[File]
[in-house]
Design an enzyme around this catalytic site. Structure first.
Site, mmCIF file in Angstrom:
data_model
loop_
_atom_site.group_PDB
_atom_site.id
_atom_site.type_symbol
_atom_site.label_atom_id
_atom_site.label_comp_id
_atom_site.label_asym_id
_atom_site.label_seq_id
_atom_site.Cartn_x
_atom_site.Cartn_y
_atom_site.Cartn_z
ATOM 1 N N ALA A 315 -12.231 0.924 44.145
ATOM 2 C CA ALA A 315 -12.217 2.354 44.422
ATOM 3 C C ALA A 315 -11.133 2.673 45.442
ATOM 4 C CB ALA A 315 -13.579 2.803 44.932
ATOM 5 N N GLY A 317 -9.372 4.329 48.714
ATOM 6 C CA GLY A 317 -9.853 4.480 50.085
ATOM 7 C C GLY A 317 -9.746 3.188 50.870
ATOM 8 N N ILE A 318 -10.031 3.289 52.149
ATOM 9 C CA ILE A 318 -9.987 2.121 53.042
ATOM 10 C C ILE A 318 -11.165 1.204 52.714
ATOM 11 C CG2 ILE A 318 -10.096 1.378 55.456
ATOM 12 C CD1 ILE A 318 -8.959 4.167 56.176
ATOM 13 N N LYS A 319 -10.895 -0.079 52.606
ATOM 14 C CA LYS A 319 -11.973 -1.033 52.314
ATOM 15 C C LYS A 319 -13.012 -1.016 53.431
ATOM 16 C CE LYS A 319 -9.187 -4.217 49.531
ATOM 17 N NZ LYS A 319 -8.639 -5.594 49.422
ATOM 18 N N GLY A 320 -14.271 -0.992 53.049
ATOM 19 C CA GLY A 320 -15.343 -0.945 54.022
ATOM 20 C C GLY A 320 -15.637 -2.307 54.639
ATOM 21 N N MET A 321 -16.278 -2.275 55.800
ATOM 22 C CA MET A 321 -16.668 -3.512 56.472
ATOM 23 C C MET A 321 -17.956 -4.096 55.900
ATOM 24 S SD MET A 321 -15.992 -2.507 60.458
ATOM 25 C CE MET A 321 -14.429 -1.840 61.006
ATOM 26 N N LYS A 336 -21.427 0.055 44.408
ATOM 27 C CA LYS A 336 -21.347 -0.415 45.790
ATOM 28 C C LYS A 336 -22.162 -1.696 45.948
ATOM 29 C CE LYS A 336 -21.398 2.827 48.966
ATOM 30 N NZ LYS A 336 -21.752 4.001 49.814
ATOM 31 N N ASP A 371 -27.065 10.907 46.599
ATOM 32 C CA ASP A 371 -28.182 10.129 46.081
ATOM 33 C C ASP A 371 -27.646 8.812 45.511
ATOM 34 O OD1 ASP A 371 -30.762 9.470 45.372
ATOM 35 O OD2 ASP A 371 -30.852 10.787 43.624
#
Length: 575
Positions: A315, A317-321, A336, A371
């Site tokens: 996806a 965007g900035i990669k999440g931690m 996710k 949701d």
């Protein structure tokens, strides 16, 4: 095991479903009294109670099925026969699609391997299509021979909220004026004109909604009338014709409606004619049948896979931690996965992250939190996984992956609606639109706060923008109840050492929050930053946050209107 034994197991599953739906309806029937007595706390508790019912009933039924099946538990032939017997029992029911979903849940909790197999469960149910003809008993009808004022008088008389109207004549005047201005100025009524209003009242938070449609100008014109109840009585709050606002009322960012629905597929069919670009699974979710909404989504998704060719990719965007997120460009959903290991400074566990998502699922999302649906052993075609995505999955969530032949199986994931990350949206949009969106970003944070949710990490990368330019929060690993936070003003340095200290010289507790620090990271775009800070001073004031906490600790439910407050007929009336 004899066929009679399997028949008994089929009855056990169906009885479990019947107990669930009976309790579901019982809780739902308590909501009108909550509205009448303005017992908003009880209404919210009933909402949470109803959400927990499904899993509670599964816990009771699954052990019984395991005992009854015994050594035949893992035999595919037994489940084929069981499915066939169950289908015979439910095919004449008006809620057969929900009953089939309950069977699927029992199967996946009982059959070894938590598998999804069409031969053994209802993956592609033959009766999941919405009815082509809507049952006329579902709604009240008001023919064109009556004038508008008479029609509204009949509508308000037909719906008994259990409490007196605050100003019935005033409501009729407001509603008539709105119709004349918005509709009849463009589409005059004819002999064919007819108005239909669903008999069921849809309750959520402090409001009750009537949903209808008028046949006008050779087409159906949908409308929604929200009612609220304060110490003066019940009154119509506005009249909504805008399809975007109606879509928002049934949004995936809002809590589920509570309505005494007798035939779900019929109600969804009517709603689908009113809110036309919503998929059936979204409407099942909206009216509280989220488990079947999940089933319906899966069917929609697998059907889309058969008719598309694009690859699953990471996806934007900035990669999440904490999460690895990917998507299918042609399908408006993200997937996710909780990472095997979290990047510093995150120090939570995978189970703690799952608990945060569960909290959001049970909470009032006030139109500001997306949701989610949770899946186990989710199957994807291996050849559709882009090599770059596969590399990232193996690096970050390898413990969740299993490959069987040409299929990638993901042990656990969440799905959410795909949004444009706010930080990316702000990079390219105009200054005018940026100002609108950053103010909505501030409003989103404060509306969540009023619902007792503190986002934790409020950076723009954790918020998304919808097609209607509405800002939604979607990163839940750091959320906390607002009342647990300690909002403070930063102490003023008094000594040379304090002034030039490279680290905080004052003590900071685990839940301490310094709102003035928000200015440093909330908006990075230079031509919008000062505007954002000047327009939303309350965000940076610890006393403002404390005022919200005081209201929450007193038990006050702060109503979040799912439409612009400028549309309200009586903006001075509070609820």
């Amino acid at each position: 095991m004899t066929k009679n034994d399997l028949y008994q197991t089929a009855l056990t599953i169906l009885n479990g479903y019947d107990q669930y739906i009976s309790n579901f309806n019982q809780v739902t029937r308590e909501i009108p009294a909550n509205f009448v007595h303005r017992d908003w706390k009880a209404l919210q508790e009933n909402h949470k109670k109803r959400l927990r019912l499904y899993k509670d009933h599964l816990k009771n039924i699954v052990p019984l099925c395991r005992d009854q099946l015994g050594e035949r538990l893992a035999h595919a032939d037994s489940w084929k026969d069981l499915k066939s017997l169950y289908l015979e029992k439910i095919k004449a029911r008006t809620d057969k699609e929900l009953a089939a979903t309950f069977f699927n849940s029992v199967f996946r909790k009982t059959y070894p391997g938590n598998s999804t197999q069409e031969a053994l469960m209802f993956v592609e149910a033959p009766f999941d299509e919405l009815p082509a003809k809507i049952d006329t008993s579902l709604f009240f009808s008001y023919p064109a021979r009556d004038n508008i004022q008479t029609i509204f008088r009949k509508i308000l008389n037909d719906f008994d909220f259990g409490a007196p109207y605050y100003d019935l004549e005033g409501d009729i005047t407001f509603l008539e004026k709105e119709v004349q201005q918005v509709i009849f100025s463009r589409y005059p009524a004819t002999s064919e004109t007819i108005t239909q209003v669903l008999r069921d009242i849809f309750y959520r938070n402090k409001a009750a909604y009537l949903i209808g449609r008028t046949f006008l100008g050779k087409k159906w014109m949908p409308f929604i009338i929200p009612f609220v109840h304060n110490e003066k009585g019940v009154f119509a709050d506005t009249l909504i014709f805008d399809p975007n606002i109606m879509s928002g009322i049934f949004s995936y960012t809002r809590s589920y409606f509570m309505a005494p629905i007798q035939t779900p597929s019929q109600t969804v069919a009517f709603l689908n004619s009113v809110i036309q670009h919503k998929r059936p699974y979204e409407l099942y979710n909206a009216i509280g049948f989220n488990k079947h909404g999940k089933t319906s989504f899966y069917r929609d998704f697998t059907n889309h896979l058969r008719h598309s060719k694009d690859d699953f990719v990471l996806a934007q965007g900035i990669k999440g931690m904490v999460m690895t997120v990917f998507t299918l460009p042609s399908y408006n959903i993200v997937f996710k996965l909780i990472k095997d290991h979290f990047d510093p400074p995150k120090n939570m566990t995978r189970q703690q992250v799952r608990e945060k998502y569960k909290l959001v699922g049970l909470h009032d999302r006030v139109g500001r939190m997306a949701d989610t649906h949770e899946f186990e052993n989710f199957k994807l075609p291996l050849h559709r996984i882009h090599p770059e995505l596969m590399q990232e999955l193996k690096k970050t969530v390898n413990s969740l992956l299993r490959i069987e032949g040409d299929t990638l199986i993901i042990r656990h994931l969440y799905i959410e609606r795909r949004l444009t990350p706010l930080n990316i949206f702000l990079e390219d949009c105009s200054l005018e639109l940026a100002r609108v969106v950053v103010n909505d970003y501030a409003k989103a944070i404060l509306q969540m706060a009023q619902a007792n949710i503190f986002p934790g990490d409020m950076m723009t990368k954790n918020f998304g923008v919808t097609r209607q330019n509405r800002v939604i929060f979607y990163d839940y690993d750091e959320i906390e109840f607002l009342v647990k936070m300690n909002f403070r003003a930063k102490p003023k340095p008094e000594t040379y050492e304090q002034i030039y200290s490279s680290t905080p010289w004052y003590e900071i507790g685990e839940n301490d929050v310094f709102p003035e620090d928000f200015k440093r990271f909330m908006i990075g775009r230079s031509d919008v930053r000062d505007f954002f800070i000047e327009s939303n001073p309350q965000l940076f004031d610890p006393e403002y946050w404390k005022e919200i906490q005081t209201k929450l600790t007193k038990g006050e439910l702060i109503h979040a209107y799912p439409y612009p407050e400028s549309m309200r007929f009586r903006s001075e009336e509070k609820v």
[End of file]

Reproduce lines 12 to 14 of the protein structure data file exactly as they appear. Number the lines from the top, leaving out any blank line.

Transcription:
_atom_site.label_seq_id
_atom_site.Cartn_x
_atom_site.Cartn_y